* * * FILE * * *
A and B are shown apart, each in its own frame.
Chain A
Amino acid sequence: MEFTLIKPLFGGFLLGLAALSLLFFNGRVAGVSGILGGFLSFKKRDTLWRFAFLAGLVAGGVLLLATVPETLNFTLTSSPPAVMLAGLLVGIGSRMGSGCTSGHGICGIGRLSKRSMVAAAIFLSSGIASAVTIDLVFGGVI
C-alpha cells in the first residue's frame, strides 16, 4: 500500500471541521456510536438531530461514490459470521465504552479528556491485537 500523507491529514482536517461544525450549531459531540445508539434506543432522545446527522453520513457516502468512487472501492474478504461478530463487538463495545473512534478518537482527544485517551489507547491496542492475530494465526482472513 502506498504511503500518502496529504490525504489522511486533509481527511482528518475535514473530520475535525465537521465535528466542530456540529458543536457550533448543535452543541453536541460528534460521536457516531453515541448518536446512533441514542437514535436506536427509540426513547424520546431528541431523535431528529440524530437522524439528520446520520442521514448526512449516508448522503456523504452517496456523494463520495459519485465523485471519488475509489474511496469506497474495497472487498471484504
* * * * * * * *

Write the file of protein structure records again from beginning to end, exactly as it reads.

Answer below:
A and B are shown apart, each in its own frame.
Chain A
Amino acid sequence: MEFTLIKPLFGGFLLGLAALSLLFFNGRVAGVSGILGGFLSFKKRDTLWRFAFLAGLVAGGVLLLATVPETLNFTLTSSPPAVMLAGLLVGIGSRMGSGCTSGHGICGIGRLSKRSMVAAAIFLSSGIASAVTIDLVFGGVI
C-alpha cells in the first residue's frame, strides 16, 4: 500500500471541521456510536438531530461514490459470521465504552479528556491485537 500523507491529514482536517461544525450549531459531540445508539434506543432522545446527522453520513457516502468512487472501492474478504461478530463487538463495545473512534478518537482527544485517551489507547491496542492475530494465526482472513 502506498504511503500518502496529504490525504489522511486533509481527511482528518475535514473530520475535525465537521465535528466542530456540529458543536457550533448543535452543541453536541460528534460521536457516531453515541448518536446512533441514542437514535436506536427509540426513547424520546431528541431523535431528529440524530437522524439528520446520520442521514448526512449516508448522503456523504452517496456523494463520495459519485465523485471519488475509489474511496469506497474495497472487498471484504